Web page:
WebKit itself doesn’t support this kind of scrolling-without-painting. Browsers do it by themselves. For example in iOS, I guess they do something like this: Grab the view, which ha CA backing store (called CALayer), pull it out, apply transformation to the backing store without letting WebKit know. Then once the CPU becomes less busy, they notify scrolling to it. WebKit won’t run during the animation thus doesn’t interrupt its slickness.

I don’t check how Android Browser works. But I can imagine it doing something similar.

Having read this, you may ask why WebKit doesn’t support this. Good question! That is exactly THREADED_SCROLLING is trying to do.

THREADED_SCROLLING and ScrollingCoordinator

Most of the THREADED_SCROLLING module is living under WebCore/page/scrolling. This piece of code is basically a scrolling complement for the CA animation model.

With THREADED_SCROLLING, WebKit pushes scrolling out to a background thread, which is named ScrollingThread.


This new machinery introduced an asynchronous scrolling model to make this work. In this model, an updated scroll-position, which is requested by some other WebCore object, isn’t applied immediately. Instead, asking a new position will trigger a scrolling animation, and the position applied after the animation is finished.

In FrameView.cpp, you can find FrameView::requestScrollPositionUpdate() where the asynchronous scrolling starts. It asks ScrollingCoordinator to run the scrolling animation. Then the coordinator schedules it on the dedicated thread. Once the animation is finished, the thread notifies back to the coordinator on the main thread, then it calls back FrameView::notifyScrollPositionChanged().

This new feature has one clear advantage over out-of-WebKit implementations: It can work with <iframe>. From a browser-side, it’s hard to access backing stores for each <iframe> because WebKit doesn’t expose such a detail. Actually its layer hierarchy isn’t so simple, It’s something WebKit should take care by itself.

What interesting is that no other objects except FrameView depends on stuff from the threaded scrolling shop. Also, no other newly-introduced objects other than ScrollingCoordinator touches FrameView. All of whom they communite with is CA’s backing stores - and a corresponting WebCore abstraction called GraphicsLayer. We could find some pattern for introducing new features from this minimized dependency.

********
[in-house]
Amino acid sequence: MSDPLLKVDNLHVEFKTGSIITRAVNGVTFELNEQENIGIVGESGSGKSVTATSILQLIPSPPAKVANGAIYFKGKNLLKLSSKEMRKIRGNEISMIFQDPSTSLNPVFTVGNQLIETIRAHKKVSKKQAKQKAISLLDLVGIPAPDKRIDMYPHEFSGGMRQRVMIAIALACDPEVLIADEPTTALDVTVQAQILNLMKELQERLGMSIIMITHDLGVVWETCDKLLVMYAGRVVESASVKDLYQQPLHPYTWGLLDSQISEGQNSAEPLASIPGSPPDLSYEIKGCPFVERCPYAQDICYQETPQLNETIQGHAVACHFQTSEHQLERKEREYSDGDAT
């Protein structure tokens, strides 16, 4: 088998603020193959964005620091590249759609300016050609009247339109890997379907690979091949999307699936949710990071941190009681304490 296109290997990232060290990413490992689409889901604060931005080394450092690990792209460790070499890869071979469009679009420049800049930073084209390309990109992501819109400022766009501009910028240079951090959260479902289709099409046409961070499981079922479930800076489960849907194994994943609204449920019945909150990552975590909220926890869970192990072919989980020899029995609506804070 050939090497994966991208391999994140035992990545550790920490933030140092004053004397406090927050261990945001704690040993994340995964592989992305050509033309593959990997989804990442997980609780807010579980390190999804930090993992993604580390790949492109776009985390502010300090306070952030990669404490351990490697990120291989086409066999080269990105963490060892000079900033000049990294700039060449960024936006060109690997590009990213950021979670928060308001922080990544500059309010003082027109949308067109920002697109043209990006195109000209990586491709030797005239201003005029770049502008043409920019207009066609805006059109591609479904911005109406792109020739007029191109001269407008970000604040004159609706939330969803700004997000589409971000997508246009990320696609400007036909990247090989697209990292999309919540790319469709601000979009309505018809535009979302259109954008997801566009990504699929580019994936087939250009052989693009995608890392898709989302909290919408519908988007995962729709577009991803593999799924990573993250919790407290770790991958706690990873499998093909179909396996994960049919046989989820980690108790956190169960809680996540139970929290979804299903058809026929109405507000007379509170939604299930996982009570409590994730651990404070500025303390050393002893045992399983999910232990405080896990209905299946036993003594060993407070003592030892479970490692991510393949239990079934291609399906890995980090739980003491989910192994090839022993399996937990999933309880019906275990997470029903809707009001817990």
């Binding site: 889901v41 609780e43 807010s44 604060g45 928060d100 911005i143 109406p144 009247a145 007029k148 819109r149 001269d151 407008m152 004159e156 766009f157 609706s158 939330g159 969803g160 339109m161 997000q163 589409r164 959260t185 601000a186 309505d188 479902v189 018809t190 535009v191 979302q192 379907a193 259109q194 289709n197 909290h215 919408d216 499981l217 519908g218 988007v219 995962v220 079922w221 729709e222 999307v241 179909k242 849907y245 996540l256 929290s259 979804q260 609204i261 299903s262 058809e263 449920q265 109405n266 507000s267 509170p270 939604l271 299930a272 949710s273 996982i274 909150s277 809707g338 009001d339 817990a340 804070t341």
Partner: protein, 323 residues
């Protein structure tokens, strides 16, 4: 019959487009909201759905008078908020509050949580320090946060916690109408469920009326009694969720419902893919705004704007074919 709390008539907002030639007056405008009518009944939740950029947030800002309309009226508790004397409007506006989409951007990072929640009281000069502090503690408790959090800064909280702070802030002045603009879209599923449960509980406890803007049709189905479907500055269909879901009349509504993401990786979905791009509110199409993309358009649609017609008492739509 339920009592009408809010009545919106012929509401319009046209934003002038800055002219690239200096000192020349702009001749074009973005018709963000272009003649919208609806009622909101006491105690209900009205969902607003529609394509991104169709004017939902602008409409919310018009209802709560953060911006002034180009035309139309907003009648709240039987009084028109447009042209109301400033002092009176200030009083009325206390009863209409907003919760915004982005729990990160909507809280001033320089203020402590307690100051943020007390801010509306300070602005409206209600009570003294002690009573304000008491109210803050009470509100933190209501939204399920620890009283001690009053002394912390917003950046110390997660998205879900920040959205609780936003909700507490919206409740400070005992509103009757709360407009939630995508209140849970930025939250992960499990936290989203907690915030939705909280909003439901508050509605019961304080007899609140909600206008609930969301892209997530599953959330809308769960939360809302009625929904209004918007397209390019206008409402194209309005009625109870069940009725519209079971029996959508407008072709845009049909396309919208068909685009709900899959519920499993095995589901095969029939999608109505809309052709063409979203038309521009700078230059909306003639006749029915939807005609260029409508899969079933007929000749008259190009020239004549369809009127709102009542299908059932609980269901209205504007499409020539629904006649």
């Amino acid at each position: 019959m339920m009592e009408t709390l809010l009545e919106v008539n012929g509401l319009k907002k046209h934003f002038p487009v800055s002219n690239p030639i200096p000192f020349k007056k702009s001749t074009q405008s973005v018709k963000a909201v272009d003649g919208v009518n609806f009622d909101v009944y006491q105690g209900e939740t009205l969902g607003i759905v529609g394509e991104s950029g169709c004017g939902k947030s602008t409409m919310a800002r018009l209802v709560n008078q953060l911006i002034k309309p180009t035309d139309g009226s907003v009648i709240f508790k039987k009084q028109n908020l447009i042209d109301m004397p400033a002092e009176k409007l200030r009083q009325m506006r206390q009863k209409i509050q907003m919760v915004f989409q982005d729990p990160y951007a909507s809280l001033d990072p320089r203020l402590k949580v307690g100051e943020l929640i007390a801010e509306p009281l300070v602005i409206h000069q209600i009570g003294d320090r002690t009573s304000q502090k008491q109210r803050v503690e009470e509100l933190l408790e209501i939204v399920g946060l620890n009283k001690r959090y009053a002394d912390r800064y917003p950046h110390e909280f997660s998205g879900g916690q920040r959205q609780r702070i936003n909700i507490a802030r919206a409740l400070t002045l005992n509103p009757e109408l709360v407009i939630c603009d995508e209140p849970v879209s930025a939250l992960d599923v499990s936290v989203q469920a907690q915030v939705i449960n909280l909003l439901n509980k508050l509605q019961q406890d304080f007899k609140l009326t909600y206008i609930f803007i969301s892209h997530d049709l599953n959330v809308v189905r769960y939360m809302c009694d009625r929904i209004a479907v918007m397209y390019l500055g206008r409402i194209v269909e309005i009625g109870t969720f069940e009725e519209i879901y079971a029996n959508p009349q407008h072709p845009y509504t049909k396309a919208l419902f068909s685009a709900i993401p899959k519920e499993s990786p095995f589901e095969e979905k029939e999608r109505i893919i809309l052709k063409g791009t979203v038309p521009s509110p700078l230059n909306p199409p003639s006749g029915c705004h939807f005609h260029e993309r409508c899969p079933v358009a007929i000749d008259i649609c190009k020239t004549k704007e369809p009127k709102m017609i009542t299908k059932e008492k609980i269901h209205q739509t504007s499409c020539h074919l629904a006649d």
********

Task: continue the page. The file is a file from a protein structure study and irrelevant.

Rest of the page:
Their rubber band scrolling animation is implemented in ScrollElasticityController under WebCore/platform/mac. It’s interesting to see that Mac port adopts Cocoa-like MVC pattern even for C++ world. If you take a look, you’ll find that ScrollAnimator I mentioned before is another “view” of the controller.

It looks I’ve stepped into too much now … Anyway, an enthusiasm to slickness like this is one of the most respectable characteristics of WebKit. It’s delightful to see such an improvement.

Hello WebKit

Kitten is for WebKitten. This place is for some randm folklore that I heared, saw or made at the WebKit land. Some will be technical, others won’t.

Here is how this comes here: I am a big fun of Evan Martin and his writings, especially his Chromium Notes. But he leaves the project and stopped writing it. This is sad for me. At the same time, an idea comes to my mind - Can I do something similar? The idea comes with two bad news though. Bad news part one is that I’m not familiar with Chromium. But fortunately, I know a few about WebKit that I can talk about. Bad news part two is that my writing is far behind Evan’s. Well, that is that. I can at least type some words in almost gramatically correct way. Let me just hope it somehow work.


This note is never compehensive nor authorative, This is just a personal note written by a noteless contributor. The author is relatively new to the project: I’ve been working on WebKit since the beginning of 2010. It’s shorter than a quater of the project history. There are many authorative and informative sources over the Web, which are written by more experienced people.

As always, the opinions expressed here are my own, and no other party (including my employeer) necessarily agrees with them.